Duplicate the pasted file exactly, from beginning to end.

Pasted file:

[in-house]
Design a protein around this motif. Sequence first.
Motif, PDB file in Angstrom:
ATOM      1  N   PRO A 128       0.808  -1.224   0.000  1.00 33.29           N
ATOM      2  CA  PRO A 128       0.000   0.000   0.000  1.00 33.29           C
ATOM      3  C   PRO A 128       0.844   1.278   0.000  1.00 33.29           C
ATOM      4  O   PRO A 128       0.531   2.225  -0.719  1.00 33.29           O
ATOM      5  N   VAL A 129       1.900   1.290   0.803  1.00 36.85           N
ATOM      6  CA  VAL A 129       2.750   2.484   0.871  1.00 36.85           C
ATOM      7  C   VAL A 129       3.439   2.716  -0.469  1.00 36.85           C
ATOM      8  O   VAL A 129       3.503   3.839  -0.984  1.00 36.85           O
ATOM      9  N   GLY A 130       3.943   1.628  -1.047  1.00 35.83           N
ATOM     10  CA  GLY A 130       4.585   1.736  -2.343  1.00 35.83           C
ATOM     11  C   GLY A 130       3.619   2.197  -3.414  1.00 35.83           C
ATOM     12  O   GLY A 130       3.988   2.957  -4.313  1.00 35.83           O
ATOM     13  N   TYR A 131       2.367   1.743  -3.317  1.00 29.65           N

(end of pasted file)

[in-house]
Design a protein around this motif. Sequence first.
Motif, PDB file in Angstrom:
ATOM      1  N   PRO A 128       0.808  -1.224   0.000  1.00 33.29           N
ATOM      2  CA  PRO A 128       0.000   0.000   0.000  1.00 33.29           C
ATOM      3  C   PRO A 128       0.844   1.278   0.000  1.00 33.29           C
ATOM      4  O   PRO A 128       0.531   2.225  -0.719  1.00 33.29           O
ATOM      5  N   VAL A 129       1.900   1.290   0.803  1.00 36.85           N
ATOM      6  CA  VAL A 129       2.750   2.484   0.871  1.00 36.85           C
ATOM      7  C   VAL A 129       3.439   2.716  -0.469  1.00 36.85           C
ATOM      8  O   VAL A 129       3.503   3.839  -0.984  1.00 36.85           O
ATOM      9  N   GLY A 130       3.943   1.628  -1.047  1.00 35.83           N
ATOM     10  CA  GLY A 130       4.585   1.736  -2.343  1.00 35.83           C
ATOM     11  C   GLY A 130       3.619   2.197  -3.414  1.00 35.83           C
ATOM     12  O   GLY A 130       3.988   2.957  -4.313  1.00 35.83           O
ATOM     13  N   TYR A 131       2.367   1.743  -3.317  1.00 29.65           N